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Wreck from 2000 years ago found in Crimea - video

A team of Russian archaeologists has discovered a magnificently preserved wooden Roman ship, sunk to the bottom of the Black Sea off the coast of Crimea. Preliminary findings suggest that the wreck dates from the 2nd or 3rd century and may be the remains of an ancient trading vessel. The head of the archaeological expedition
Published: September 7, 2018 - 10:18
Updated: July 22, 2023 - 17:13
Wreck from 2000 years ago found in Crimea – video

A team of Russian archaeologists has discovered a magnificently preserved wooden Roman ship, sunk to the bottom of the Black Sea off the coast of Crimea. Preliminary findings suggest that the wreck dates from the 2nd or 3rd century and may be the remains of an ancient trading vessel.

The head of the archaeological expedition “Neptune” – Roman Dunayev said that this is the first so well preserved wooden wreck, presumably from the Roman period, that has been discovered in Crimea.

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Scientists found an iron anchor on the wreck, which allowed them to determine the origin and age of the vessel discovered at a depth of 85 metres. The vessel measures 22 metres long and 6 metres wide and has features characteristic of Roman-era trading vessels. The vessel also has a large mast over half a metre in diameter.

Now archaeologists are studying the discovered site to find out when the ship sank. The expedition “Neptune”, runs from the beginning of May until the end of October and is sponsored by the presidential grant fund within the project “Crimea, the crossroads of civilizations”. The goal is to examine the artifacts found so far and search for new ones.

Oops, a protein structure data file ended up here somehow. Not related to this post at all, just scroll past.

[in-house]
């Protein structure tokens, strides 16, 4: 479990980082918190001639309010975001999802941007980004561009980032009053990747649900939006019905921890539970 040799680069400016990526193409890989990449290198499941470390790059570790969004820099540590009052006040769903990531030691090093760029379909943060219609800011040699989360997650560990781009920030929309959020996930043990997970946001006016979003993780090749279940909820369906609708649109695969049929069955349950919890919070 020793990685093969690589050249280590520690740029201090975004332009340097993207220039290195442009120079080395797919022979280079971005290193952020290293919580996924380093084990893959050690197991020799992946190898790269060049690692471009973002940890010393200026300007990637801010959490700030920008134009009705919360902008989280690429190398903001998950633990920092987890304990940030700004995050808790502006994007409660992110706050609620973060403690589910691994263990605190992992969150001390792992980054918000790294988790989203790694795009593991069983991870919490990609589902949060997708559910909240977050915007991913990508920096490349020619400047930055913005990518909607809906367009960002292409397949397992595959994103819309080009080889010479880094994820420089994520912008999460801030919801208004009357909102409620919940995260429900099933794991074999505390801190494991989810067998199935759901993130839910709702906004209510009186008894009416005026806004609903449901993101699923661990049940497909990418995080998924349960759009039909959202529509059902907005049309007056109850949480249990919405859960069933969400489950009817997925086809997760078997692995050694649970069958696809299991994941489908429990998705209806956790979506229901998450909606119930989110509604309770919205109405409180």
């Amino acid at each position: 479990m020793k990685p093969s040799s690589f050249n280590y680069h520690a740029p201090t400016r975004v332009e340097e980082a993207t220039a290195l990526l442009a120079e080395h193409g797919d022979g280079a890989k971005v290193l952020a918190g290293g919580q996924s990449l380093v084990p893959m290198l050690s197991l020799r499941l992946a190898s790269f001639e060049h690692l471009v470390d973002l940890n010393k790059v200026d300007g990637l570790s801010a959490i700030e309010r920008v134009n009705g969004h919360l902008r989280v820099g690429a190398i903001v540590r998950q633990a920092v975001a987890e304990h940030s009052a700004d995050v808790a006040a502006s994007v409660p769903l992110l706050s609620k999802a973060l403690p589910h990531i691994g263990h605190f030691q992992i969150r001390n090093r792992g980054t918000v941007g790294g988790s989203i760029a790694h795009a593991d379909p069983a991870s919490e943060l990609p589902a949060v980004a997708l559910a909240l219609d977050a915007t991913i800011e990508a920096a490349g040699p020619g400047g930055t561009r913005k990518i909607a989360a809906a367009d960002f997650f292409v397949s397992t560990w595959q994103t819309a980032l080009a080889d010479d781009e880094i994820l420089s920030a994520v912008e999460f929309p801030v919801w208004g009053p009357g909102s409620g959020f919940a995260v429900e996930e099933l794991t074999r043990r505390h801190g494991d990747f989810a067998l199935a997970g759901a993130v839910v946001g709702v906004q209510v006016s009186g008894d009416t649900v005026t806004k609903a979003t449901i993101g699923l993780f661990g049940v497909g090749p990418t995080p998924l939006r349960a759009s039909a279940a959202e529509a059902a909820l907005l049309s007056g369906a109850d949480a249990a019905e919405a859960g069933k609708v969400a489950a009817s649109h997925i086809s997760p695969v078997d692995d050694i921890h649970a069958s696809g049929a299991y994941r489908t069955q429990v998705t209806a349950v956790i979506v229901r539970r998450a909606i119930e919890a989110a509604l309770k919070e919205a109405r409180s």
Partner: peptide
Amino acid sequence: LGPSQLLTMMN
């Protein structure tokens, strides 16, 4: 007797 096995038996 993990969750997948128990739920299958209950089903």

The expedition had previously found more than ten paintings, some of them tentatively attributed to the famous Russian painter Ivan Aivazovsky. The canvases were on board the steamer “General Kotzebue”, which sank at the end of the 19th century, about 12 nautical miles off the Tarchankutsky Peninsula, in western Crimea.

The ship was built in Britain in 1866 and named after Pavel Kotzebue, Governor of Novorossiya. It was operated by the Russian Navigation and Steam Transport Company. It was the first steamer to pass through the Suez Canal in November 1869. During this voyage, the ship carried a large Russian delegation, with Ivan Aivazovsky among its members. The painter was to immortalise the ceremony of the opening of the canal and the building itself.

The steamer sank in April 1895 after colliding with another ship.

Source: untvweb.com

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Tomasz Andrukajtis
Editor-in-chief of the DIVERS24 portal and magazine. Responsible for obtaining, translating and developing content. He also supervises all publications. Achived his first diving certification – P1 CMAS, in 2000. Has a degree in journalism and social communication. In the diving industry since 2008.
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